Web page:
The provisions of the controversial SAFE Act haven’t really affected ammunition and antique weapons dealer Richard Pelzer yet.
But they will soon, once the state police get their ammunition background check process in place.
The registration deadline for dealers to participate is Jan. 15, but required background checks will be in limbo until the state database is complete.
Pelzer, though, doesn’t see the need.
“Think of it: You pick up this piece of ammo, you put it in your hand and you hit it — it won’t go off,” said Pelzer, whose business, Poor Richard’s, is based in the town of Providence. He was at Friday evening’s preview of this weekend’s NEACA Arms Fair in Saratoga Springs.
“It’s just silly,” he said. “It’s not going to solve anything.”
Pelzer is one of about 60 dealers set up for the gun show at the Saratoga Springs City Center, selling everything from ammunition and guns to knives and artwork.
The show happens to fall the weekend before the ammunition provision of the SAFE Act goes into effect. The aim of the provision, supporters say, is to keep ammunition out of the hands of those prohibited under federal and state law from possessing it, including criminals and the dangerously mentally ill.
The show also is on the weekend before the one-year anniversary of the passage of the New York Secure Ammunition and Firearms Enforcement Act (SAFE Act). That legislation was passed in the wake of the Newtown, Conn., school massacre.
An independent protest of the act is scheduled for today around the state, with protesters firing off shots at noon to show their opposition to the act. SAFE Act opponents are encouraging others to find a safe and legal place out in the woods or on their property to join in.
The gun show is expected to go on as it has for the past 30 years, said Cathy Petronis, an organizer of the event with the Mechanicville-based New Eastcoast Arms Collectors Associates.
The event is to run from 9 a.m. to 5 p.m. today and 9 a.m. to 3 p.m. Sunday. Admission is $8.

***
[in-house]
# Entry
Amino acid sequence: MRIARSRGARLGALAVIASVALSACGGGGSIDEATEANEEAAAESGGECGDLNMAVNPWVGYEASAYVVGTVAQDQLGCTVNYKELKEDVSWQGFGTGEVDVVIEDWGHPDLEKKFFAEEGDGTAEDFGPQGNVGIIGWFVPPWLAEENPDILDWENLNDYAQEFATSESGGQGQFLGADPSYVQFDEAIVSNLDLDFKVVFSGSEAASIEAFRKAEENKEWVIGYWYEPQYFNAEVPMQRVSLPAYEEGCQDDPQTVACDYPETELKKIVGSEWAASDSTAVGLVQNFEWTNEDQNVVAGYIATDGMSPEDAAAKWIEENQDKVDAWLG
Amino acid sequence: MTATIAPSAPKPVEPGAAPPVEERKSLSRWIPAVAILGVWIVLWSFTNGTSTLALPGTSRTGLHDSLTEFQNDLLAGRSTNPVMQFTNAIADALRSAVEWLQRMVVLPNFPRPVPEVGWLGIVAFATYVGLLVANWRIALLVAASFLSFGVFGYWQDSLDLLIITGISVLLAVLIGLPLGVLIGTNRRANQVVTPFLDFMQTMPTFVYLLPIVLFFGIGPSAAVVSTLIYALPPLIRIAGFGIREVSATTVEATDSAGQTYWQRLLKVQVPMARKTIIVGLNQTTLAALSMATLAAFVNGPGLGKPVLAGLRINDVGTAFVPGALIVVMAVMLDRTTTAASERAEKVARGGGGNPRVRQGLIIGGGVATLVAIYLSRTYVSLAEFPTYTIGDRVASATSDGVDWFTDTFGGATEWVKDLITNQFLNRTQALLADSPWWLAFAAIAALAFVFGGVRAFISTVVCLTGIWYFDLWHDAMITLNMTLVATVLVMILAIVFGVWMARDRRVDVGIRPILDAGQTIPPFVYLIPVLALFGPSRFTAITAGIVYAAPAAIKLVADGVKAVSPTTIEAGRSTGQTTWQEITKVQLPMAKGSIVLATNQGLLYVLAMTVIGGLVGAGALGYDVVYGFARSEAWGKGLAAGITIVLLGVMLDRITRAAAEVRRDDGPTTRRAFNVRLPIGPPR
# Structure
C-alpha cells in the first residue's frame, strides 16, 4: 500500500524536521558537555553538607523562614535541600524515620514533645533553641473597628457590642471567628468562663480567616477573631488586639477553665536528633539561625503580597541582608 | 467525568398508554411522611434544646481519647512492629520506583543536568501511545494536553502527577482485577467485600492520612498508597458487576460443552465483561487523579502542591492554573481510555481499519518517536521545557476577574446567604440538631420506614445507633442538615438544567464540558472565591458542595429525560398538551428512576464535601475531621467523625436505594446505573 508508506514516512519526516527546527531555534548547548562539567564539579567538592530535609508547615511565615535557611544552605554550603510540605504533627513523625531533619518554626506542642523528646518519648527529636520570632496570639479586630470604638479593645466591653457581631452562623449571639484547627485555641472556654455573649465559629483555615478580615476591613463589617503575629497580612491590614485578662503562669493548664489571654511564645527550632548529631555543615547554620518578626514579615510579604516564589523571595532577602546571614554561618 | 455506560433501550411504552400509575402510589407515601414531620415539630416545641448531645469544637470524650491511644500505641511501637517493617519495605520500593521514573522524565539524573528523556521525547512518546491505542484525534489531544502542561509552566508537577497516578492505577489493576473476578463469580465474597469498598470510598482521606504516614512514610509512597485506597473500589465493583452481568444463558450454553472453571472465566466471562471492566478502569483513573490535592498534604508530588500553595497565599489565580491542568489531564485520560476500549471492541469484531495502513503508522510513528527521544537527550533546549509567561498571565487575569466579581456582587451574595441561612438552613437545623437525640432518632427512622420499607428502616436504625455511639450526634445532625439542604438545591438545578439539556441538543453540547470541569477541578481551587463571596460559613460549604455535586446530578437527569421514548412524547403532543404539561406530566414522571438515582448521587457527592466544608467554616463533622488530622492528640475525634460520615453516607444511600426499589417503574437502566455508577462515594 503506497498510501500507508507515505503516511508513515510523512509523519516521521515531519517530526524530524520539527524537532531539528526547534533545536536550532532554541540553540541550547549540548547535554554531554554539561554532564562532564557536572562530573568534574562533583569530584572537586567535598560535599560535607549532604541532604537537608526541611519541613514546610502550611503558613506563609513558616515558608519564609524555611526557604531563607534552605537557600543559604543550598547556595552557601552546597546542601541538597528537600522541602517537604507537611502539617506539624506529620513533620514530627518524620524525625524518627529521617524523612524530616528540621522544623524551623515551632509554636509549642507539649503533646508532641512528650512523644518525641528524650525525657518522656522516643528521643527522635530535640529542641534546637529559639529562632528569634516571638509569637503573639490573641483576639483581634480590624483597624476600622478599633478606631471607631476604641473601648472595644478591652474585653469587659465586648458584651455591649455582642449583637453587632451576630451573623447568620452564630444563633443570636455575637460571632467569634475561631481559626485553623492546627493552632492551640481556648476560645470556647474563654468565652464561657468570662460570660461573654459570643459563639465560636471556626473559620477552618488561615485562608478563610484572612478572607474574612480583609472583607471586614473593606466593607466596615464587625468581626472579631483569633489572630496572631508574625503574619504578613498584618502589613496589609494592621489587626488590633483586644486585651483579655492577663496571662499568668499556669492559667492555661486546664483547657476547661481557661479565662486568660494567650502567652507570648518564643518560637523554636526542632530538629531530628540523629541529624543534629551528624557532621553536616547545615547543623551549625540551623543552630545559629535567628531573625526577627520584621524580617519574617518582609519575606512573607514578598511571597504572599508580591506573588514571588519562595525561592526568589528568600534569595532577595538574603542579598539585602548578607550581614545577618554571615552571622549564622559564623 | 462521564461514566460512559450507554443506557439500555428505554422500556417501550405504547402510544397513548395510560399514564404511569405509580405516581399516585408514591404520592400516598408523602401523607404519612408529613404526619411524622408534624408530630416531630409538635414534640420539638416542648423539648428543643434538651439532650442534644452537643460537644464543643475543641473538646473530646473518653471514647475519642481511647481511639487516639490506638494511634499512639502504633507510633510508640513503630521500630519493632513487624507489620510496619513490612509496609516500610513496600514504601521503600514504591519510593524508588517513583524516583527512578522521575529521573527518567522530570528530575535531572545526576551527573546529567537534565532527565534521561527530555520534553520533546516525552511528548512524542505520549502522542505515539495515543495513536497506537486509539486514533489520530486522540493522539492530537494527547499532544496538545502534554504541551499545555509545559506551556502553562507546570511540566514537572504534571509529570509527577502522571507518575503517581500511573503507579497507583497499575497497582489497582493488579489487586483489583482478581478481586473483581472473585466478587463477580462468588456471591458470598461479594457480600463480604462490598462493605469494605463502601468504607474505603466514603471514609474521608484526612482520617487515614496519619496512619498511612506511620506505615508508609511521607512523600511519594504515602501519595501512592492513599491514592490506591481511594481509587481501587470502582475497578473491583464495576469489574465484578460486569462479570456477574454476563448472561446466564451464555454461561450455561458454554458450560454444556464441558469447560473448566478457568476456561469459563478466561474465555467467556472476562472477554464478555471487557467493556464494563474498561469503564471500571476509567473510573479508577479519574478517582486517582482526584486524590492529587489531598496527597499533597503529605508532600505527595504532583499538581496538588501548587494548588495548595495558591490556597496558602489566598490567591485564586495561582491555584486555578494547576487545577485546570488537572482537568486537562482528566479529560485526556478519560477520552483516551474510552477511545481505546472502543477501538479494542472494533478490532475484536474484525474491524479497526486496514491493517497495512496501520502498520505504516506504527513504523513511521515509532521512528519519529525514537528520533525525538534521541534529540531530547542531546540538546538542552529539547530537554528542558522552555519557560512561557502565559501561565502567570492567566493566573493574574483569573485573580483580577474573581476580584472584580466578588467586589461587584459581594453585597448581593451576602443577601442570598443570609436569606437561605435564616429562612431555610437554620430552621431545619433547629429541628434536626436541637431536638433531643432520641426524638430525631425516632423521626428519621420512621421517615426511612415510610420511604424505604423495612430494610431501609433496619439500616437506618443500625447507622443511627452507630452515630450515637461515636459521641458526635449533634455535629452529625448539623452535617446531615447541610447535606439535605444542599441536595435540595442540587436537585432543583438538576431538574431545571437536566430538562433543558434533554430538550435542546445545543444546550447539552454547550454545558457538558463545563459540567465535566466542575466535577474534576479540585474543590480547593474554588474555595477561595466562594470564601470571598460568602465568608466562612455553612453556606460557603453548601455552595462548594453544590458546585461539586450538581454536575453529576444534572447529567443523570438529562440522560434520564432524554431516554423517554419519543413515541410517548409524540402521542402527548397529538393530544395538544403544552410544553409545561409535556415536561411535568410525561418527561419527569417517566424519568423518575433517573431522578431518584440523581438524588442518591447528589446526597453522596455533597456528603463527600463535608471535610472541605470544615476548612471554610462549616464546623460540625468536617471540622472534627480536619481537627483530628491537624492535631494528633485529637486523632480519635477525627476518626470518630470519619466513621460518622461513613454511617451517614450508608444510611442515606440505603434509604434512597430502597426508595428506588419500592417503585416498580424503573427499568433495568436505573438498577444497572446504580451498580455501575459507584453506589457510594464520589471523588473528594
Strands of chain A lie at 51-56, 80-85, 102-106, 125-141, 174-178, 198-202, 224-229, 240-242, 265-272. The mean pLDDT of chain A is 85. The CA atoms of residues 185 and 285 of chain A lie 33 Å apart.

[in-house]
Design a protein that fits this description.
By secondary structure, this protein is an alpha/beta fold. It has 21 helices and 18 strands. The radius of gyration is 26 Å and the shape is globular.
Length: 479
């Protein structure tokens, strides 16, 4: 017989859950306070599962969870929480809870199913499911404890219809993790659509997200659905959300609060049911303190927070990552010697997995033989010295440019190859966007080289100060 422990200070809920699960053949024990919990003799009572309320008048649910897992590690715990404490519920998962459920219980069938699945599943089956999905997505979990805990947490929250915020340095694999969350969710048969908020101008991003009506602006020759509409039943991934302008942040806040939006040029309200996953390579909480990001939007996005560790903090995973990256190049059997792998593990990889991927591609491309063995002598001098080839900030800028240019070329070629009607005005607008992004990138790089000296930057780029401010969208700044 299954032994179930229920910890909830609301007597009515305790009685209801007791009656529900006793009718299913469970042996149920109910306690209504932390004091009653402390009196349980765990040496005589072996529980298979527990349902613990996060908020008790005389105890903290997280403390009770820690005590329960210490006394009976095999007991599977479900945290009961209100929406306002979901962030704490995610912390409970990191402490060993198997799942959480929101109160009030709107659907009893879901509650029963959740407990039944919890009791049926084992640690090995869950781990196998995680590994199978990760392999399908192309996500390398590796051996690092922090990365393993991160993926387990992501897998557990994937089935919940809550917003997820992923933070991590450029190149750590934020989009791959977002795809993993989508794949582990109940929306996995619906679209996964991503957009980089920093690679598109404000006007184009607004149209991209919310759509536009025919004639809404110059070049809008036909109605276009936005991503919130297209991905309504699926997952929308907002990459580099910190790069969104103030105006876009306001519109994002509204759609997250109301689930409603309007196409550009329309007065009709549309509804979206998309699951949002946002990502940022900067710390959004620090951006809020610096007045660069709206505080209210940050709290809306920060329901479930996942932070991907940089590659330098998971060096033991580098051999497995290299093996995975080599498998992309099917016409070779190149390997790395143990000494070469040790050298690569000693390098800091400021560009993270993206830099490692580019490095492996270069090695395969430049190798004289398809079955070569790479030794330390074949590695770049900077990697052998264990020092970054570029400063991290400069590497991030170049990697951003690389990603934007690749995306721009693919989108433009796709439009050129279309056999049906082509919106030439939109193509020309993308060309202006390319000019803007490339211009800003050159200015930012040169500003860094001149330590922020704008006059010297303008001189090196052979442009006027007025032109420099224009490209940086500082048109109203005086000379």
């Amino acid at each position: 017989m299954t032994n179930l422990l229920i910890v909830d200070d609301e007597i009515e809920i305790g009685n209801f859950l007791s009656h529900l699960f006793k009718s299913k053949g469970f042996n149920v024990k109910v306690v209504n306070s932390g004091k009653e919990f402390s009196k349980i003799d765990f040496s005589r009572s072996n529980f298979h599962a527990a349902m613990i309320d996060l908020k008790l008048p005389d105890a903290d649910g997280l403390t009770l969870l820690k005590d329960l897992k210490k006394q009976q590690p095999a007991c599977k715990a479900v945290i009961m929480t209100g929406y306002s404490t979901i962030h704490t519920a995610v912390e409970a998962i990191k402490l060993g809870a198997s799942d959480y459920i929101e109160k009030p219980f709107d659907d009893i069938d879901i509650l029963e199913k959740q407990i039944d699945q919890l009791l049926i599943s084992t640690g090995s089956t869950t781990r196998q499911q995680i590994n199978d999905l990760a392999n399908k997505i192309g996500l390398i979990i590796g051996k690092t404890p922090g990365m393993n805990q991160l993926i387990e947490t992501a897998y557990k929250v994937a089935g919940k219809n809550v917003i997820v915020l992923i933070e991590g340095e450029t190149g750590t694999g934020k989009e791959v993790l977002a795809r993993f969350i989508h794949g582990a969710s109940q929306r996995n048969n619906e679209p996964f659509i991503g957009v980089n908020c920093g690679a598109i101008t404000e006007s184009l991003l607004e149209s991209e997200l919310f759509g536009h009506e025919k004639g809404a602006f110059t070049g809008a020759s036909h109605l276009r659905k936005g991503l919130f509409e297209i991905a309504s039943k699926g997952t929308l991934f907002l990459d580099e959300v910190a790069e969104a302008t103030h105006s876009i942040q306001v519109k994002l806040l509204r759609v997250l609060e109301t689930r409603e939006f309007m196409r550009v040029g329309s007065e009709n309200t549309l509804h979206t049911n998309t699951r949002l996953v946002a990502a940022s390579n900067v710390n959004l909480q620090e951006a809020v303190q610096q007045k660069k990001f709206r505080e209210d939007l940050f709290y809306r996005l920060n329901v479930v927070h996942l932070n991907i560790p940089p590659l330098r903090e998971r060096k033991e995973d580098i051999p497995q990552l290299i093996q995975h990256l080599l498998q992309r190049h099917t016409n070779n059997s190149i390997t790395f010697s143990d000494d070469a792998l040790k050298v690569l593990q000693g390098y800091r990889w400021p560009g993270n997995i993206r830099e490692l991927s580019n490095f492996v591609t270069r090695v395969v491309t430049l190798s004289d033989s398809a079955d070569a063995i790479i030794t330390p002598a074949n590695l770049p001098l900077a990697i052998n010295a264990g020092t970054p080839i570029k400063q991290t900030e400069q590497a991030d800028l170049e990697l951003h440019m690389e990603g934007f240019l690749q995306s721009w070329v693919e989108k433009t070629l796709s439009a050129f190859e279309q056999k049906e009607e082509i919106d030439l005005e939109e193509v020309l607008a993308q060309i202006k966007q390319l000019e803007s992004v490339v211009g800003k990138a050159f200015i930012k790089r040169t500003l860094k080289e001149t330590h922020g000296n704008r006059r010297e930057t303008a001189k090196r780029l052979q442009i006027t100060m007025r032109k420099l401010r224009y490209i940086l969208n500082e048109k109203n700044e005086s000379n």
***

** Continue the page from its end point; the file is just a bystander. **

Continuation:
The biggest change in the show since the SAFE Act has been the elimination of AR-15 semi-automatic rifles, Petronis said. Those used to be sold but now can’t be under the act, she said.
Another difference between this January’s show and last January’s show is the expected lack of protesters. The show saw pickets last January, but Petronis said they had the opposite effect — they actually brought more people to the show.
She said she expects a smaller crowd this year, between 1,500 and 2,000 people over the weekend.
Dealer Arthur Green of Gloversville will be at the show. He mostly deals in collectible, antique and custom knives. But he also works with some guns.
He also has his thoughts on the SAFE Act.
“It’s feel-good legislation, but it doesn’t address the problem,” Green said.
The problem, he said, isn’t the guns, it’s mental health and criminals. He sees the act as picking on law-abiding citizens who don’t hurt anybody.
Dealer Randy of the Plattsburgh area, who declined to give his last name, sees the ammunition provisions as cutting down on sales. Randy has a table of ammunition at the show as well as military surplus, but he doesn’t deal in guns. He thinks background checks will prolong purchases and customers simply will not want to wait.
“It’s just going to be another big headache, and I believe that’s what they want it to do,” he said, “make it harder for everybody so they don’t bother with it.”
But has registered with the state police to continue selling ammunition. Pelzer has done the same.
“I think what people will do is rather than buying a box here, a box there and a box there, they’ll go to one table, get the check and buy bulk ammo,” Pelzer said. “It’s just silly.”